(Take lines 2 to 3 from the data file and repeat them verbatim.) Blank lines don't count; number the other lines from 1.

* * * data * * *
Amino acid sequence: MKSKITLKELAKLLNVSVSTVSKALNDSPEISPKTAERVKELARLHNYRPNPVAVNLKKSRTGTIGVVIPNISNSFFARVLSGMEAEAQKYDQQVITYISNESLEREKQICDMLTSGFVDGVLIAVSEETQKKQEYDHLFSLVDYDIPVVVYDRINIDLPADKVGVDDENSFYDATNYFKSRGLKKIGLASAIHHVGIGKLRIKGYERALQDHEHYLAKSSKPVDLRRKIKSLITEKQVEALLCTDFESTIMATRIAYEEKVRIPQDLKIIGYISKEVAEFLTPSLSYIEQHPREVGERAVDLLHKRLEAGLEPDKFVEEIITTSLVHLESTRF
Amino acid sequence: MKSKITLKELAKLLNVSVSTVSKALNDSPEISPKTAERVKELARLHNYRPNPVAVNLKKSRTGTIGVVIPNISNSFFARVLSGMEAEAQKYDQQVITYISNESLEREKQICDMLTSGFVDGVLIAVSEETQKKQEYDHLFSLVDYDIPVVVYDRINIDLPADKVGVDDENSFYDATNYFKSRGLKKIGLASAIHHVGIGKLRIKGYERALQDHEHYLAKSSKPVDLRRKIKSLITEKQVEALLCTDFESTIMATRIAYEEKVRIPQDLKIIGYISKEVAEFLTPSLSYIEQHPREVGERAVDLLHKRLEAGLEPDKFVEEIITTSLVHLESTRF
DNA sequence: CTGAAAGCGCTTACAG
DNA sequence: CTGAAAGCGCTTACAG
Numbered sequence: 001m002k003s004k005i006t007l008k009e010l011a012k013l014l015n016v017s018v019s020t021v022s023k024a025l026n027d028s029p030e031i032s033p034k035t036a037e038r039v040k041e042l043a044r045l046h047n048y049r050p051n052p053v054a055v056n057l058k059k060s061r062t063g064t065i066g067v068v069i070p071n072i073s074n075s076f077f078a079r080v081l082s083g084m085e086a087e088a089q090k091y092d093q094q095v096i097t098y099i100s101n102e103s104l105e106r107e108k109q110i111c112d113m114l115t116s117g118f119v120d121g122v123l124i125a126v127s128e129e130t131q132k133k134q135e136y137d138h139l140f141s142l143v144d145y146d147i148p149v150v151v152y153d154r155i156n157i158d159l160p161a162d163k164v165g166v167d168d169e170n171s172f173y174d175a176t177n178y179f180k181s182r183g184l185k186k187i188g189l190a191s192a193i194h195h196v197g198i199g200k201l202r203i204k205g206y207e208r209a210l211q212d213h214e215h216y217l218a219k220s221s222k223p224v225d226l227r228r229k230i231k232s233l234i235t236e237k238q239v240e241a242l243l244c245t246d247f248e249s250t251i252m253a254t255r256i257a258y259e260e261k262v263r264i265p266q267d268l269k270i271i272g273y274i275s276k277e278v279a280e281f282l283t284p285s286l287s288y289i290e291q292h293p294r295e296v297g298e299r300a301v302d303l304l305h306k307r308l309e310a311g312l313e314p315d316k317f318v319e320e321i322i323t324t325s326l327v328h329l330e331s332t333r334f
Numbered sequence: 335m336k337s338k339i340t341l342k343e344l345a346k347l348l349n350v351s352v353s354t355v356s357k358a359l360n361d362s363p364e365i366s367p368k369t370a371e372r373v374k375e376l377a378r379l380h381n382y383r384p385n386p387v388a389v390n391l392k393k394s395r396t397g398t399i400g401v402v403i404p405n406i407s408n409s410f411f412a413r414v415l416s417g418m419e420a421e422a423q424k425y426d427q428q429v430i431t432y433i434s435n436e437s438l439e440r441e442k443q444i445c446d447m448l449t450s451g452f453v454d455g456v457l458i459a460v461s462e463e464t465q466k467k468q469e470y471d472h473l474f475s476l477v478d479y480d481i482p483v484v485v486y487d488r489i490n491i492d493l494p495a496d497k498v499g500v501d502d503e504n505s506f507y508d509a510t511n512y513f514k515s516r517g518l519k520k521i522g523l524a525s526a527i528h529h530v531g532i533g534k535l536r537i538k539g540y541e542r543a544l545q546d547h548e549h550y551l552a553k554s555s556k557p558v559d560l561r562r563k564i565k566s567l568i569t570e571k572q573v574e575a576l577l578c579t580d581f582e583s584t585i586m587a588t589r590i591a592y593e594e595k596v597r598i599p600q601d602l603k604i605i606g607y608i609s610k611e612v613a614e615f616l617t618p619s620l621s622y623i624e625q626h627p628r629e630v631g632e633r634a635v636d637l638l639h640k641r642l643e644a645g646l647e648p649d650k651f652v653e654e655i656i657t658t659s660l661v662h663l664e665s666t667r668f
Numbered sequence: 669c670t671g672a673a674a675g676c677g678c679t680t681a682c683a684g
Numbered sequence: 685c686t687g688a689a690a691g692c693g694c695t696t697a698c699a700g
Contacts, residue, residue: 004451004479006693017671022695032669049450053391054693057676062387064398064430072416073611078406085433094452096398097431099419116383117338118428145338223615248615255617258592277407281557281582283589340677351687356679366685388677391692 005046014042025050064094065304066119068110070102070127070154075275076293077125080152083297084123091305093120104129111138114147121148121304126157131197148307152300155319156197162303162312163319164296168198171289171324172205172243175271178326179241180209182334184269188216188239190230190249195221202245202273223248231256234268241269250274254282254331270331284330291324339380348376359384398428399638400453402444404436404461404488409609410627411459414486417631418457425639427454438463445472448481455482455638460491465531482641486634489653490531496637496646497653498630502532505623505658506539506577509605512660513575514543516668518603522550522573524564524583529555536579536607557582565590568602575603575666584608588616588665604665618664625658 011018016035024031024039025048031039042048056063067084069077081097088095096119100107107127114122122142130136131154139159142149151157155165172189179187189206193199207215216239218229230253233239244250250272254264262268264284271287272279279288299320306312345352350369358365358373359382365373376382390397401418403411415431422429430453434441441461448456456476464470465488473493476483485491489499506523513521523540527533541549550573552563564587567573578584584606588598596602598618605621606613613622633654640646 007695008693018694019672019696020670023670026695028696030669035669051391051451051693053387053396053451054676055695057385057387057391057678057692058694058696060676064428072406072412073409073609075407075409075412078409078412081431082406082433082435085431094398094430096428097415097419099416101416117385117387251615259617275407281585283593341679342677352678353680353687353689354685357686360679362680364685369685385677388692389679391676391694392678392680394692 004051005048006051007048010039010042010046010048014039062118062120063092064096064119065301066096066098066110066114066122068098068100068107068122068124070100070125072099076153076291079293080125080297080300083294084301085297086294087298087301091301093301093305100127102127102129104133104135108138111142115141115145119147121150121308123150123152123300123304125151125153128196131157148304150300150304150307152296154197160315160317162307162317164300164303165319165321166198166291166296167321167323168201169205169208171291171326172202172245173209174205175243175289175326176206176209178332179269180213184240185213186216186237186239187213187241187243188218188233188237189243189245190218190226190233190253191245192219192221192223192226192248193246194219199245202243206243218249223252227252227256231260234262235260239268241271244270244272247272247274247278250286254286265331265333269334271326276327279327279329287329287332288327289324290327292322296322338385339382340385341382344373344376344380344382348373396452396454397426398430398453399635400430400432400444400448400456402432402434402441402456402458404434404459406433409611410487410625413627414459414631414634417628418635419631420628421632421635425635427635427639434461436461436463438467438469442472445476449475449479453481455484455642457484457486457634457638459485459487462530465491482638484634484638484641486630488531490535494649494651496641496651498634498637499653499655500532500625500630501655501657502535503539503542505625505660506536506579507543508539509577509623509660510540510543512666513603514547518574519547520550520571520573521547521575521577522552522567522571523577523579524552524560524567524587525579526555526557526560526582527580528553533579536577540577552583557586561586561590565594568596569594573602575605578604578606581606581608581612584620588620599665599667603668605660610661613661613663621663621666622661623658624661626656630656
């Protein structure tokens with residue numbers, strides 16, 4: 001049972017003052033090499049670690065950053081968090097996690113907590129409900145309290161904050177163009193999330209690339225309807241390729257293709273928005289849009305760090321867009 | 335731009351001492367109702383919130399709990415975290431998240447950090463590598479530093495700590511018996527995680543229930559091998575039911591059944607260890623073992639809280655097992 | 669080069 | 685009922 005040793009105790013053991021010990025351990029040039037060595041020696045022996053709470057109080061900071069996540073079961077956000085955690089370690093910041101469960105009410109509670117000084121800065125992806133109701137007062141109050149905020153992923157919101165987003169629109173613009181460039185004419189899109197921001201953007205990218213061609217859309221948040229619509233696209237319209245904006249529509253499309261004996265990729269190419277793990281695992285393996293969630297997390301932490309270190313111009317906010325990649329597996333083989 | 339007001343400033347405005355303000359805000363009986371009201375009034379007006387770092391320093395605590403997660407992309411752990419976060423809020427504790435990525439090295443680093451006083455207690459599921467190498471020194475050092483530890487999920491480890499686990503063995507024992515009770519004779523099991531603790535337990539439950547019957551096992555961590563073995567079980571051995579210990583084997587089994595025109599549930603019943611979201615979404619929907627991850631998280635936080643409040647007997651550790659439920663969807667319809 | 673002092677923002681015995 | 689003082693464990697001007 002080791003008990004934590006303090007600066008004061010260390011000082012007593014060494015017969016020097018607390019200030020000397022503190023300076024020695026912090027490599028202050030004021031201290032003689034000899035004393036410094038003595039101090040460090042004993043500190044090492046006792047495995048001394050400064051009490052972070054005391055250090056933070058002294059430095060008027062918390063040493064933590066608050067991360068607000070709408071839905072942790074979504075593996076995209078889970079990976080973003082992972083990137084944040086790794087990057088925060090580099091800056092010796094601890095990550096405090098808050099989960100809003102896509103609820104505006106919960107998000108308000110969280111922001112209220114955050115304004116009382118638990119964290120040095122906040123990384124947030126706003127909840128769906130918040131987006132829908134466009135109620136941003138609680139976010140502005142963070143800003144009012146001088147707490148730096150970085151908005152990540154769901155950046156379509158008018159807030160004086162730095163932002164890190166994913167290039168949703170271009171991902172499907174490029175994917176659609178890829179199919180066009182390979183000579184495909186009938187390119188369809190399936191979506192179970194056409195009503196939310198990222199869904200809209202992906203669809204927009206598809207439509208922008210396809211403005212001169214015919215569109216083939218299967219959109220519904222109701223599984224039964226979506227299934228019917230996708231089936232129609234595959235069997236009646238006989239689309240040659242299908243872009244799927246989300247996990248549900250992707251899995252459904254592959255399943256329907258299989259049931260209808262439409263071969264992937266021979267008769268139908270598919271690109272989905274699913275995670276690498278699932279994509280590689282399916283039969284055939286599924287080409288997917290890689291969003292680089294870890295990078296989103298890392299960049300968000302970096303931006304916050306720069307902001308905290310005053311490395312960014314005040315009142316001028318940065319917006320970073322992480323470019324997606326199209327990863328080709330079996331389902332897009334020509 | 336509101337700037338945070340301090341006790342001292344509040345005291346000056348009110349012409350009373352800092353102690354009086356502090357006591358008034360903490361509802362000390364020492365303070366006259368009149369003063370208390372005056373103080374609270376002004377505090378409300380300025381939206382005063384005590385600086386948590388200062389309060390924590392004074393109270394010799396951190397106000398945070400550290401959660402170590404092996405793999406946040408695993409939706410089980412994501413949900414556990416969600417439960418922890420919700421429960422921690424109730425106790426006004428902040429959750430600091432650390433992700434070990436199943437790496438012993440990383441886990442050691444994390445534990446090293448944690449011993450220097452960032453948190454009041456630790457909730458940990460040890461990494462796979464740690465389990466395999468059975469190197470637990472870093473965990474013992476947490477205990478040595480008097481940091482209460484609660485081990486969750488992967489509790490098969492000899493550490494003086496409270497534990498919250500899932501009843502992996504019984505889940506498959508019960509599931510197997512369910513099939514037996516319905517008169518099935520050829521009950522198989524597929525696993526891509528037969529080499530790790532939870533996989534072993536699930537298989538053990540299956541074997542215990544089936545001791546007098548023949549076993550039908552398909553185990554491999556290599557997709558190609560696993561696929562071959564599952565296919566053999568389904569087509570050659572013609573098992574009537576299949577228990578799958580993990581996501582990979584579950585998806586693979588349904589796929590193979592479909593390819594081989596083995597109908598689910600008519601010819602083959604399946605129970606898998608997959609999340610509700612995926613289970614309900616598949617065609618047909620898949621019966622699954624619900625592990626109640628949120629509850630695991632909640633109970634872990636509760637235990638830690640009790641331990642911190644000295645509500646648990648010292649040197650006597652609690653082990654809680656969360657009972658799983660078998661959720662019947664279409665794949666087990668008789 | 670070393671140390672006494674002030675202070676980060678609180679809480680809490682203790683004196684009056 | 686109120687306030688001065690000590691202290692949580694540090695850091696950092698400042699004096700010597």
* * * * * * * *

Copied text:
Amino acid sequence: MKSKITLKELAKLLNVSVSTVSKALNDSPEISPKTAERVKELARLHNYRPNPVAVNLKKSRTGTIGVVIPNISNSFFARVLSGMEAEAQKYDQQVITYISNESLEREKQICDMLTSGFVDGVLIAVSEETQKKQEYDHLFSLVDYDIPVVVYDRINIDLPADKVGVDDENSFYDATNYFKSRGLKKIGLASAIHHVGIGKLRIKGYERALQDHEHYLAKSSKPVDLRRKIKSLITEKQVEALLCTDFESTIMATRIAYEEKVRIPQDLKIIGYISKEVAEFLTPSLSYIEQHPREVGERAVDLLHKRLEAGLEPDKFVEEIITTSLVHLESTRF
DNA sequence: CTGAAAGCGCTTACAG